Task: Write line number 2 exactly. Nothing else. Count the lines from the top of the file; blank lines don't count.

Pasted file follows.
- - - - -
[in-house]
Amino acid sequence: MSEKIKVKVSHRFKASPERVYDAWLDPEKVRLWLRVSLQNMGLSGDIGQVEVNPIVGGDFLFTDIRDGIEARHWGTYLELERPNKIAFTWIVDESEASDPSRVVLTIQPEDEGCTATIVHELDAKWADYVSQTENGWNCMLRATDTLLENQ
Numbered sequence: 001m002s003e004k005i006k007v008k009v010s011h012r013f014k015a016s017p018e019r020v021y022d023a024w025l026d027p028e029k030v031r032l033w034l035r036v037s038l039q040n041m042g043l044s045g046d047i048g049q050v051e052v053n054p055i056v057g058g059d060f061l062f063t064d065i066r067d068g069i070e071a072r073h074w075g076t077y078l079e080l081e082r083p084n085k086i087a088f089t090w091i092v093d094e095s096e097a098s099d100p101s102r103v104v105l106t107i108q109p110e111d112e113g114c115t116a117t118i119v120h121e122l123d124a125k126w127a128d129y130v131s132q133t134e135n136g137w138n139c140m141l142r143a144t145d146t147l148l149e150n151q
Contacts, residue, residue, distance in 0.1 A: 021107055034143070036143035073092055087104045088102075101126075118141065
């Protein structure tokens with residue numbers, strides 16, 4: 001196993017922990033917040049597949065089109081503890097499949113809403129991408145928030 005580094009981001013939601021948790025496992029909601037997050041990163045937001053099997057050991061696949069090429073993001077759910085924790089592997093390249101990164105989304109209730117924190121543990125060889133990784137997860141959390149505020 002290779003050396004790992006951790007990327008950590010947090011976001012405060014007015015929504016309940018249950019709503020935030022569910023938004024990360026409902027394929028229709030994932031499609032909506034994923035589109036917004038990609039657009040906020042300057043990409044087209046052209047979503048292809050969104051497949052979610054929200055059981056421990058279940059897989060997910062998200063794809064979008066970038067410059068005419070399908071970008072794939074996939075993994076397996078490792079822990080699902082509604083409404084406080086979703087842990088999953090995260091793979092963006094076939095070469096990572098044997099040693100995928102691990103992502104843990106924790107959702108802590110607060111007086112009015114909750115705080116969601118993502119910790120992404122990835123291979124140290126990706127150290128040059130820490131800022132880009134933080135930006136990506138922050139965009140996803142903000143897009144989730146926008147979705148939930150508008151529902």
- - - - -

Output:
Amino acid sequence: MSEKIKVKVSHRFKASPERVYDAWLDPEKVRLWLRVSLQNMGLSGDIGQVEVNPIVGGDFLFTDIRDGIEARHWGTYLELERPNKIAFTWIVDESEASDPSRVVLTIQPEDEGCTATIVHELDAKWADYVSQTENGWNCMLRATDTLLENQ